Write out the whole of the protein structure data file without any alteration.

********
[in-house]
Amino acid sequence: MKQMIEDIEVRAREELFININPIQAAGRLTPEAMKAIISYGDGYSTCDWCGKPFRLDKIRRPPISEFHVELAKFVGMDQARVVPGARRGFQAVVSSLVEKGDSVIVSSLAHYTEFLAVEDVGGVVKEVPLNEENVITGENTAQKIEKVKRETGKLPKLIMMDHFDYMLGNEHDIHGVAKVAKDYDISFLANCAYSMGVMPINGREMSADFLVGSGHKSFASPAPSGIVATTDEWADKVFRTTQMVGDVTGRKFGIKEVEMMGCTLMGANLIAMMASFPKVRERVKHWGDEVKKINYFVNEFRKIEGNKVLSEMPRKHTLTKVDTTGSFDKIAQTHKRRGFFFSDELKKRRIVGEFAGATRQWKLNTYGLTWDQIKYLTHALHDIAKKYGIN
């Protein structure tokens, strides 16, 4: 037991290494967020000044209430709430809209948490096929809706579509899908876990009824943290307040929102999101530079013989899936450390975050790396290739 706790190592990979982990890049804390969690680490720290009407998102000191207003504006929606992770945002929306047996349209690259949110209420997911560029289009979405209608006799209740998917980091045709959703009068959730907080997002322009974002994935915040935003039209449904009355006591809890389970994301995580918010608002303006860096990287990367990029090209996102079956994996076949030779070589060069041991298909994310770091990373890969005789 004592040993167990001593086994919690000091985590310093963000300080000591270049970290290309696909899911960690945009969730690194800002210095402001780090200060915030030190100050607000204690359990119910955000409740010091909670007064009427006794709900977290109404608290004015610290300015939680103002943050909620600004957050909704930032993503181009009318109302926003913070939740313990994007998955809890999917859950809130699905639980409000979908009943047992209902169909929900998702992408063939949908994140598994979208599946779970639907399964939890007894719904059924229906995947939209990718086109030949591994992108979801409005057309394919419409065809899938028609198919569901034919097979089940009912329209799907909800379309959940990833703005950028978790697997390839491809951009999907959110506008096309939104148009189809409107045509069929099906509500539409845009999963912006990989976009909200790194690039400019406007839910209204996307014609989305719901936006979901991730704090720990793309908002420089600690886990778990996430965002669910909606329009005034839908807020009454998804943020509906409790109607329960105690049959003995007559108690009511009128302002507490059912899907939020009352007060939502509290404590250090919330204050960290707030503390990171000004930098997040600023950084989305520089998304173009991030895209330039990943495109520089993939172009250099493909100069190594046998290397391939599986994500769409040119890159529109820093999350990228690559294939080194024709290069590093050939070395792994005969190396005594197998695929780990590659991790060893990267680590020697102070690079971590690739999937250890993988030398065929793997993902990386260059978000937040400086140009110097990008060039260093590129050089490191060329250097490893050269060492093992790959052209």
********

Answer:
[in-house]
Amino acid sequence: MKQMIEDIEVRAREELFININPIQAAGRLTPEAMKAIISYGDGYSTCDWCGKPFRLDKIRRPPISEFHVELAKFVGMDQARVVPGARRGFQAVVSSLVEKGDSVIVSSLAHYTEFLAVEDVGGVVKEVPLNEENVITGENTAQKIEKVKRETGKLPKLIMMDHFDYMLGNEHDIHGVAKVAKDYDISFLANCAYSMGVMPINGREMSADFLVGSGHKSFASPAPSGIVATTDEWADKVFRTTQMVGDVTGRKFGIKEVEMMGCTLMGANLIAMMASFPKVRERVKHWGDEVKKINYFVNEFRKIEGNKVLSEMPRKHTLTKVDTTGSFDKIAQTHKRRGFFFSDELKKRRIVGEFAGATRQWKLNTYGLTWDQIKYLTHALHDIAKKYGIN
């Protein structure tokens, strides 16, 4: 037991290494967020000044209430709430809209948490096929809706579509899908876990009824943290307040929102999101530079013989899936450390975050790396290739 706790190592990979982990890049804390969690680490720290009407998102000191207003504006929606992770945002929306047996349209690259949110209420997911560029289009979405209608006799209740998917980091045709959703009068959730907080997002322009974002994935915040935003039209449904009355006591809890389970994301995580918010608002303006860096990287990367990029090209996102079956994996076949030779070589060069041991298909994310770091990373890969005789 004592040993167990001593086994919690000091985590310093963000300080000591270049970290290309696909899911960690945009969730690194800002210095402001780090200060915030030190100050607000204690359990119910955000409740010091909670007064009427006794709900977290109404608290004015610290300015939680103002943050909620600004957050909704930032993503181009009318109302926003913070939740313990994007998955809890999917859950809130699905639980409000979908009943047992209902169909929900998702992408063939949908994140598994979208599946779970639907399964939890007894719904059924229906995947939209990718086109030949591994992108979801409005057309394919419409065809899938028609198919569901034919097979089940009912329209799907909800379309959940990833703005950028978790697997390839491809951009999907959110506008096309939104148009189809409107045509069929099906509500539409845009999963912006990989976009909200790194690039400019406007839910209204996307014609989305719901936006979901991730704090720990793309908002420089600690886990778990996430965002669910909606329009005034839908807020009454998804943020509906409790109607329960105690049959003995007559108690009511009128302002507490059912899907939020009352007060939502509290404590250090919330204050960290707030503390990171000004930098997040600023950084989305520089998304173009991030895209330039990943495109520089993939172009250099493909100069190594046998290397391939599986994500769409040119890159529109820093999350990228690559294939080194024709290069590093050939070395792994005969190396005594197998695929780990590659991790060893990267680590020697102070690079971590690739999937250890993988030398065929793997993902990386260059978000937040400086140009110097990008060039260093590129050089490191060329250097490893050269060492093992790959052209």